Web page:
29 July 2006

Landis, the Tour, and Doping

Let's get this latest doping scandal into longer perspective - but not a happy one. Cycling has been dogged by doping for years and years. The first time I ever suspected something was amiss was when I saw pictures of Jaques Anquetil after his amazing tour and time trial performances. His eyes looked as if he had just come off another planet. And it was later revealed (if I remember correctly) that he was taking amphetamines - which at that time were little understood, and certainly not recognised as a 'drug'.

Not too long after Tommy Simpson died on Mont Ventoux because he had been taking the same drugs. All sorts of euphemistic explanations were offered at the time. Not necessary. Just look at Tommy's eyes in pictures at the time. There's one just after he had won the world championships where he looks as if they are popping out of his head.

Coming nearer in time, I always thought that the performances of the two Dutch climbers Stephen Rooks and Gert Jan Theunisse were quite clearly chemically enhanced during the Tour.

Fast forward a few years. Michel Pantani knocking shit out of all the other climbers. I saw a magazine the other day which recorded his ascent of Alpe d'Huez being the fastest on record. Sure - but drug assisted. And a couple of years later he committed suicide with a narcotics overdose.

France's polka-dot star for many years, Richard Virenque, was the same. All those spectacular moutain-top triumphs were done on drugs, and as soon as he stopped taking the drugs, he stopped winning.

Then we come to those riders whose performances suddenly become dramatically enhanced. Bjarne Riis was a domestique then suddenly a Tour winner. David Millar (the Tim Henman of British cycling) was winning time trial stages in the Tour against every other rider. Now we know he was on drugs. He paid his dues of two years in the wilderness, and now he's back - to results half way down the general classification.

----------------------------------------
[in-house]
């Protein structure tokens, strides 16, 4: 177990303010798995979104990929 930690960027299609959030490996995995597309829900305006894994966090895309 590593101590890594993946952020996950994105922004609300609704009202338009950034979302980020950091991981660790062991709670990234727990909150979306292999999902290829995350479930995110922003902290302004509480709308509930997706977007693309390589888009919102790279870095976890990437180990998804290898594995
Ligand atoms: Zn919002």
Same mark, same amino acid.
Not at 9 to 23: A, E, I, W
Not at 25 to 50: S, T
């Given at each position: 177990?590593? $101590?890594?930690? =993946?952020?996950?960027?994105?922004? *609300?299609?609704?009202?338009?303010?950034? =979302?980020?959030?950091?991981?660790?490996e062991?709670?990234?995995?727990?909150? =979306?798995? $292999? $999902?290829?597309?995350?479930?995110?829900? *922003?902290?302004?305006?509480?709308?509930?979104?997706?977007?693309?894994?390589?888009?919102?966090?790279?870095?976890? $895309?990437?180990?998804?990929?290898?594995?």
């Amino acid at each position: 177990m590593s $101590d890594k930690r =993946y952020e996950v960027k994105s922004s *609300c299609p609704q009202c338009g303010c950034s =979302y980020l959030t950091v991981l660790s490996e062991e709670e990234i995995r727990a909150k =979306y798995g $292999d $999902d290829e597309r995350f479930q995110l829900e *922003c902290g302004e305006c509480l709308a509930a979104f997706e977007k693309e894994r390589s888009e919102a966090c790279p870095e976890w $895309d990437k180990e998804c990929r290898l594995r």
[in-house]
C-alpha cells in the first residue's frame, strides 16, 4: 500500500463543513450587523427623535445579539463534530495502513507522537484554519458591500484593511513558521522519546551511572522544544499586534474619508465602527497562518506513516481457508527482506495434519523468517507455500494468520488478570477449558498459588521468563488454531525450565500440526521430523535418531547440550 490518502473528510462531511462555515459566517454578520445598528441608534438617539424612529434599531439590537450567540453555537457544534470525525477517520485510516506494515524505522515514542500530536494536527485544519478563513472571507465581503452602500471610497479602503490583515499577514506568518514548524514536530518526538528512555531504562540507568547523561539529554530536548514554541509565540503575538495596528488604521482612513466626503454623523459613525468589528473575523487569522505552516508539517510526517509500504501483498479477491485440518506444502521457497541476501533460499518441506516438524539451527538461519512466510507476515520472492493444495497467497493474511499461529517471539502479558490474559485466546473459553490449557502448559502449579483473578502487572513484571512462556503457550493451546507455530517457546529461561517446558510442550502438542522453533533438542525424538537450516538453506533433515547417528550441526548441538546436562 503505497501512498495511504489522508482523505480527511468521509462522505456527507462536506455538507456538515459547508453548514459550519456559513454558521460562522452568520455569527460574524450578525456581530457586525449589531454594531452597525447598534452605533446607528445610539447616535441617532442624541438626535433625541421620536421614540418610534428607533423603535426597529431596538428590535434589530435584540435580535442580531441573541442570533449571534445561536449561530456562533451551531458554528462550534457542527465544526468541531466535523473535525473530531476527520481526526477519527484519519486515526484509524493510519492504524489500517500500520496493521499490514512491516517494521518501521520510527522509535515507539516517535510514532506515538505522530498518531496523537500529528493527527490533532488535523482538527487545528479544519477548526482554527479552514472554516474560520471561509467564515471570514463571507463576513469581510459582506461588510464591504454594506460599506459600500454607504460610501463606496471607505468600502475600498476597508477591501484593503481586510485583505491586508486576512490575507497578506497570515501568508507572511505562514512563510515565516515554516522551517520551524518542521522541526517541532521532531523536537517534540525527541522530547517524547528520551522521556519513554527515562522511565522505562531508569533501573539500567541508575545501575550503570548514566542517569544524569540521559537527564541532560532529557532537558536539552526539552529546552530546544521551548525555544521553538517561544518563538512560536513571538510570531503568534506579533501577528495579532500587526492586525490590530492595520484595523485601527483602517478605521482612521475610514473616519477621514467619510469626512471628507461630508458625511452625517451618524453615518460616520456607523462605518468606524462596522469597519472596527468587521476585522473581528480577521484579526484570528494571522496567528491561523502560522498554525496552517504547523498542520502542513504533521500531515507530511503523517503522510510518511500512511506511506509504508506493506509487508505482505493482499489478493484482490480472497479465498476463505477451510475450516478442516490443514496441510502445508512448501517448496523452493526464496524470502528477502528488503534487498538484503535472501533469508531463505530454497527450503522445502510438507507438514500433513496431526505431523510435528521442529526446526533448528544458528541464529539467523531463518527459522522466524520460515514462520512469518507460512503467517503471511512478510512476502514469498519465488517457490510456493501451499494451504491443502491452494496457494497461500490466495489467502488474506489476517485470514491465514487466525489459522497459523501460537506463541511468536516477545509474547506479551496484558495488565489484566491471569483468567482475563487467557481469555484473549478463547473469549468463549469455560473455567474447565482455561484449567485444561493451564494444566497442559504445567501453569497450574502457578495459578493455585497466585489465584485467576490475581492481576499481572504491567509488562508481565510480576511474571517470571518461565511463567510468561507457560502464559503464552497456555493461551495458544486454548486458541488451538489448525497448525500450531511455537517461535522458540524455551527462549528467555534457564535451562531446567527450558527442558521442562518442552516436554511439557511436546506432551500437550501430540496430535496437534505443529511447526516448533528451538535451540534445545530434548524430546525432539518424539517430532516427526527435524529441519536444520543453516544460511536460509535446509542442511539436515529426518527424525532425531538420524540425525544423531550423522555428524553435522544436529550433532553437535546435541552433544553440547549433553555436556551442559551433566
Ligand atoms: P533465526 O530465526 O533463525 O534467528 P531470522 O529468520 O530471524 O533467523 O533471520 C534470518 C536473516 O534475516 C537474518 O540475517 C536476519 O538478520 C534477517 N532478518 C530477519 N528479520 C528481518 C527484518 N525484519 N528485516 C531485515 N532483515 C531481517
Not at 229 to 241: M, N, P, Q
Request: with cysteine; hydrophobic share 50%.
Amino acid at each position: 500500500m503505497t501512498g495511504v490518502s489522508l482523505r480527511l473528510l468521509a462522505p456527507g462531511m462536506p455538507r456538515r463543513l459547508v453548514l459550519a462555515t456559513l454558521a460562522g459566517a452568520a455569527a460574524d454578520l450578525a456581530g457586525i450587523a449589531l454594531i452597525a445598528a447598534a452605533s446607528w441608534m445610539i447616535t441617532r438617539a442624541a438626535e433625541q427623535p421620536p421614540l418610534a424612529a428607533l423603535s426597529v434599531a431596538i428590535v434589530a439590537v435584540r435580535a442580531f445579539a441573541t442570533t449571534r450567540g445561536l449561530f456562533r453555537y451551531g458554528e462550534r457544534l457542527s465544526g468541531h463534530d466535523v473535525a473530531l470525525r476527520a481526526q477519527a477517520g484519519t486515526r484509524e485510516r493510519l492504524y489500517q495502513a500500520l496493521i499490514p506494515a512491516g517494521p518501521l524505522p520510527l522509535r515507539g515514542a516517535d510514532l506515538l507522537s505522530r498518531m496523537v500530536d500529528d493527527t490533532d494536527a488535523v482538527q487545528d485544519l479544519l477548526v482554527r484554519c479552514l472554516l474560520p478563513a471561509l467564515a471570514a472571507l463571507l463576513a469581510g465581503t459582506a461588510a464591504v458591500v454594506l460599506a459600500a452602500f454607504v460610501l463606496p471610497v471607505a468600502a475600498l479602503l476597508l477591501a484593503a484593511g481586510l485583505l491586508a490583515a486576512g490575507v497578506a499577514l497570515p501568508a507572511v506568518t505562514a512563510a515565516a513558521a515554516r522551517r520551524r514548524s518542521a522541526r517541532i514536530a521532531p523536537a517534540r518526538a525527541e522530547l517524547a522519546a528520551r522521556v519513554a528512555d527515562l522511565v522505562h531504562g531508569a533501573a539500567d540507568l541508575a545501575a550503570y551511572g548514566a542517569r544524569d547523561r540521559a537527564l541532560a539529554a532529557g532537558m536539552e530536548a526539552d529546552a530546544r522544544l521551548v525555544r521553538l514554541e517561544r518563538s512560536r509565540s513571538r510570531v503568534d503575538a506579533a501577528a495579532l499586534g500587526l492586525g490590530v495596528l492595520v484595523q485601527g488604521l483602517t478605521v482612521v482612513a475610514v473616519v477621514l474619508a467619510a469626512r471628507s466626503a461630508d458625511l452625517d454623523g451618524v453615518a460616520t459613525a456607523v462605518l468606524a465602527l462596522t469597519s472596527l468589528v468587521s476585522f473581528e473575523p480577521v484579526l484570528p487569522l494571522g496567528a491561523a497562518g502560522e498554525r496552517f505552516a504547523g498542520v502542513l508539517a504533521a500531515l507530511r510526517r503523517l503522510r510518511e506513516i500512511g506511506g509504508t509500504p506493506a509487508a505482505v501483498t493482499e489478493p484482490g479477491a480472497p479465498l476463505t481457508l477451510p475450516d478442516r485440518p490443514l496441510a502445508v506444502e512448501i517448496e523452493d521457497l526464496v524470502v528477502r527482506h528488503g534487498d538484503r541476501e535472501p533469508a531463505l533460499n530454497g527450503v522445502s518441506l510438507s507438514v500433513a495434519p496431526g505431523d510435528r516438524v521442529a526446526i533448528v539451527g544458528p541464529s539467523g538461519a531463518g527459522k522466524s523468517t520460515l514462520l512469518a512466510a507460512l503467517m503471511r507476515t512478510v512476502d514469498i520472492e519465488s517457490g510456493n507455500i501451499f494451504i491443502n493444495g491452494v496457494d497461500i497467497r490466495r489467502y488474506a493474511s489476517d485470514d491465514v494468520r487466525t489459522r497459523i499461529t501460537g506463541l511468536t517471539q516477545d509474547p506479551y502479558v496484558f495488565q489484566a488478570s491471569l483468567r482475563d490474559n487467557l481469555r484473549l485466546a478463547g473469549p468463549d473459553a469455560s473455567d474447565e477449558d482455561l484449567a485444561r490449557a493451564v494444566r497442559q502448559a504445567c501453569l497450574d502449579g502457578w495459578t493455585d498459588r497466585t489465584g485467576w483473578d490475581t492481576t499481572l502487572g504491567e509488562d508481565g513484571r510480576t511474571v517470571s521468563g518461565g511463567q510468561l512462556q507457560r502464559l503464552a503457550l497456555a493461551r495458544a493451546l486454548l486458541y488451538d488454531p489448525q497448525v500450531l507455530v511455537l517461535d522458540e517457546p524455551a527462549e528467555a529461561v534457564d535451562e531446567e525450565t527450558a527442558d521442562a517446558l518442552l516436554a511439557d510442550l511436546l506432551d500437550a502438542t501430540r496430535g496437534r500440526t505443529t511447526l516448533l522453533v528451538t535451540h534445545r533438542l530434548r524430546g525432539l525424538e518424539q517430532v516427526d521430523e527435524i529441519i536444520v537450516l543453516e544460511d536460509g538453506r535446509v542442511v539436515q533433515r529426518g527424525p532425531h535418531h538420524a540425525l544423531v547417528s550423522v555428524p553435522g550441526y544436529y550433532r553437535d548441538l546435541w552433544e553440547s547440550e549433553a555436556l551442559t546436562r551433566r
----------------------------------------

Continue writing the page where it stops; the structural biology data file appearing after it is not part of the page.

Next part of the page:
Then there's the question of Lance Armstrong. The Sunday Times has accused him of taking drugs - and had to apologise to the court in actions he has taken against them. So officially there is no proven case of Armstrong doping. But I'll tell you what there is against him. Try to think of another cycle champion who has won so few other races, except for the Tour. Other greats win the Milan-San Remo, the Fleche Wallone, the Grand Prix du Nations. But in the seven consecutive years that he won the Tour de France, Armstrong only ever won the Critérium du Dauphiné Libéré, which is considered as a warm-up for it. Seems very fishy to me.

Floyd Landis dropped eight minutes in one stage, then pulled back the same time the next day. We don't yet know if his B-test will be positive or not. But my goodness the pattern is there.

1 comment:

skipper said...

As a sports but not necessarily cycling fan, this new scandal has been depressing. After all the headlines in previous years, one expected competitors to be 'whiter than white' to coin a phrase. But just like the coiner of that infamous phrase, it seems cycling is a sport chock full of recidivists. Some have said the absence of Lance Armstrong has been good in that it has opened up the race again but at least, though there have been rumours, the American never failed a drugs test.